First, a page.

They have breakfast together before going off to work, but it is fraught with tension and suppressed anger. He is furious about missing papers; she is eager to maintain a semblance of normalcy before little Samik, who habitually drops by, preferring to be with them than his own parents. Little does he know that the same dynamic of marriage plays out here as well, with the couple he thinks to be ideal! The audience knows better – that Madhuri is bound by duty to Shatadal, not love. She is desirous that he have his medicine on time, but makes it clear that she has absolutely no interest in their new house that is nearing completion.

 

The house that could not be a home

But things were very different when work had begun on the new house. It was to be their dream home and she was full of interest and excitement; he too, with his architect’s sensibility, could not stop thinking and planning about the house. He complied with all of Madhuri’s demands about the house – a kitchen-garden, a bathroom that she would design, a study for him; and also added his own – a nursery for their future child. He even drew in Samik in his plans, telling the boy they would have a huge verandah in their house from where, when they were old, they would see a grown-up Samik whizz by in a big car! The house epitomized their future – their future together – which seemed so full of promise; and yet, in the course of constructing it, that promise fizzled out, and their interest in the house dwindled with the growing distance in their relationship. In the crowning irony of the story, their marriage broke when the house was finally built!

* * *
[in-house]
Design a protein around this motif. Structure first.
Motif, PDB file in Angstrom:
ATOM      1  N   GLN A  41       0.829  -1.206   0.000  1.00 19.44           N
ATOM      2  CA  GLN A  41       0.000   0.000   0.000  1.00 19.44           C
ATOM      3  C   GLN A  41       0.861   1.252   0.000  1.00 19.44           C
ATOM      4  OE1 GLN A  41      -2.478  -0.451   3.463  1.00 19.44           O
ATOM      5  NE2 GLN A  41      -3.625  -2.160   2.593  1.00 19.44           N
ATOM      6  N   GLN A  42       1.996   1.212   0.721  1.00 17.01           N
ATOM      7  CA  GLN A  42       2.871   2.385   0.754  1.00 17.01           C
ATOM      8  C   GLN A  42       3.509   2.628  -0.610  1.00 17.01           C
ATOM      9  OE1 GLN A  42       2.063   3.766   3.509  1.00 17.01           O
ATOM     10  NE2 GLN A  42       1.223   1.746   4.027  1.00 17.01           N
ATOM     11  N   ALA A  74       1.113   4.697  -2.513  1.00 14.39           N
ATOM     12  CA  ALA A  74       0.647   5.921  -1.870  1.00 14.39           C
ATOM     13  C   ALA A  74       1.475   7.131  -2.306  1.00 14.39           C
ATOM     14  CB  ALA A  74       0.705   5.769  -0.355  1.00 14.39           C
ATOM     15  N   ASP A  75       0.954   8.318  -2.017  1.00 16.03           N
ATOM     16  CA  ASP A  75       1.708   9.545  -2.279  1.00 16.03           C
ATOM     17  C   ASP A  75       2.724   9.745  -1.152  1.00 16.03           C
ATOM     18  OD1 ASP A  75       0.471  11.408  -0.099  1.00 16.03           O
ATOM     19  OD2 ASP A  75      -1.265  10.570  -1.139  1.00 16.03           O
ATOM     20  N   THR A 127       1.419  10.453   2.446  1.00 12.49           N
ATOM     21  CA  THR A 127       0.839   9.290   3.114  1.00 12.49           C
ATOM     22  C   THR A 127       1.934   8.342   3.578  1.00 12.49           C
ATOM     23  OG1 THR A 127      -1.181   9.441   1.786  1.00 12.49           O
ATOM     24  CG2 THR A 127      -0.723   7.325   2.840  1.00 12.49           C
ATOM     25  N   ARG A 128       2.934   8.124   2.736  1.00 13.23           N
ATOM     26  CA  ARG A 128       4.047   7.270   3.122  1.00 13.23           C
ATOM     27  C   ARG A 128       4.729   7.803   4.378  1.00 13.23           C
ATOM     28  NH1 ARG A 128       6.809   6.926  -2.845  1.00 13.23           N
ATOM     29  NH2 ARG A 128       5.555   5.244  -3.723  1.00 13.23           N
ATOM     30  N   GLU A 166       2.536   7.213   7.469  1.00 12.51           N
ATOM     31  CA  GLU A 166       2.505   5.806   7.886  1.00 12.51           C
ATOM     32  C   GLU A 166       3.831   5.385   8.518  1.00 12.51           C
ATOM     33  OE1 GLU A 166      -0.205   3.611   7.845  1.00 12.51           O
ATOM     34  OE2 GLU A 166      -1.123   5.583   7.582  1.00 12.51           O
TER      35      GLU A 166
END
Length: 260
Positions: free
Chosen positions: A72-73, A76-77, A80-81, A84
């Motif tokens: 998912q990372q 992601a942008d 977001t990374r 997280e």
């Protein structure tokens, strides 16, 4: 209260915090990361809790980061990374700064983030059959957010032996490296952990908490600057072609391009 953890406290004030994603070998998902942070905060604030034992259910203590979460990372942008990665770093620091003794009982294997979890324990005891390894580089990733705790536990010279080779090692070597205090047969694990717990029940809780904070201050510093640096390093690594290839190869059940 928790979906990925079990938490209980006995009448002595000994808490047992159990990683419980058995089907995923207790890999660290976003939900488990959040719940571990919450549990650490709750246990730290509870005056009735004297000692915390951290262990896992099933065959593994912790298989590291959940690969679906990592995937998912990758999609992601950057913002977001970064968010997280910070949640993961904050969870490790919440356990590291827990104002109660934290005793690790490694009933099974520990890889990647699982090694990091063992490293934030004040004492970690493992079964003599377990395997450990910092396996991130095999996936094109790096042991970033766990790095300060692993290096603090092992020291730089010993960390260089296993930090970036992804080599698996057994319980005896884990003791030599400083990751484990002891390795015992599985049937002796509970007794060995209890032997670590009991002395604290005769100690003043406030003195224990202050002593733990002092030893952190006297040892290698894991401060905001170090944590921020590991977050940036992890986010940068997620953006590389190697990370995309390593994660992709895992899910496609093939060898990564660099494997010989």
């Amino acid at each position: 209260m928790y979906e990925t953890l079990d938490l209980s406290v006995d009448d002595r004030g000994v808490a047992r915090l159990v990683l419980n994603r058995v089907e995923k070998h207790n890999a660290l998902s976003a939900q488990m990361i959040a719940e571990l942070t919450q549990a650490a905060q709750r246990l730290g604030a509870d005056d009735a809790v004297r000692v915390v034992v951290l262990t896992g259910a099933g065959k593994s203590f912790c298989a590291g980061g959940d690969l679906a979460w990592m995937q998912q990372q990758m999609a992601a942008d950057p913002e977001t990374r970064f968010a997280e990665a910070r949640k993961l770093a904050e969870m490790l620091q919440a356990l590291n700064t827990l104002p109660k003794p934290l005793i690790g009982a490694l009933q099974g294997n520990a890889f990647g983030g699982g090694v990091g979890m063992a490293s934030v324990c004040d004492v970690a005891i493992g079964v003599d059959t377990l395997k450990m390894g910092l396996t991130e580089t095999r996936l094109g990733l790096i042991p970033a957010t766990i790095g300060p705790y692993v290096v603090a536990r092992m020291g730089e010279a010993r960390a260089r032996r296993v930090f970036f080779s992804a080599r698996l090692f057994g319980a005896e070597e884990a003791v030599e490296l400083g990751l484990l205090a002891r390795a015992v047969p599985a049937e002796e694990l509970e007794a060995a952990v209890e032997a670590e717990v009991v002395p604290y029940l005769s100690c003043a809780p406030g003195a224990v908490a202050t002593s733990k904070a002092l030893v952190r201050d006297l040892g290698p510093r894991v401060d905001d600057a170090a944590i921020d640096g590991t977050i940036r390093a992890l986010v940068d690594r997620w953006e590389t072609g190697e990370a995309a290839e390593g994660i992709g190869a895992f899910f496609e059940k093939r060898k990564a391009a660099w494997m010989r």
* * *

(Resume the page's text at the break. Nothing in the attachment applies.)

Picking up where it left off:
Interestingly, the house gets built even as the film progresses, with scenes of its construction dotting the narrative. The audience thus gets emotionally invested in the house in the course of the film and feel a pang of loss when Shatadal decides to sell it off immediately after its completion. He first offers it to Supriyo (Anil Chatterjee) as a gift, as he had grown genuinely fond of this young clerk and his impoverished family, but Supriyo declines his generosity with great dignity. He sells it eventually, but the audience is spared the sight.

 

Shatadal & Madhuri

What went wrong with Shatadal and Madhuri? Their marriage, like most marriages, (at least in the India of the 1960s) was premised on a future with a child. Sadly for them, Madhuri was diagnosed as infertile; and while Shatadal tried his best to take this reality in his stride, Madhuri was unable to accept it. Thereafter (as Shatadal later tells his friend Nikhilesh), “Madhuri started thinking she is incapable of making me happy, and I too failed to understand her… may be, I didn’t try enough. And then I saw I’ve made the office my home. Life seemed meaningless. So, we wanted to make an end of it.” What started with “poetry and dreams” ended in divorce.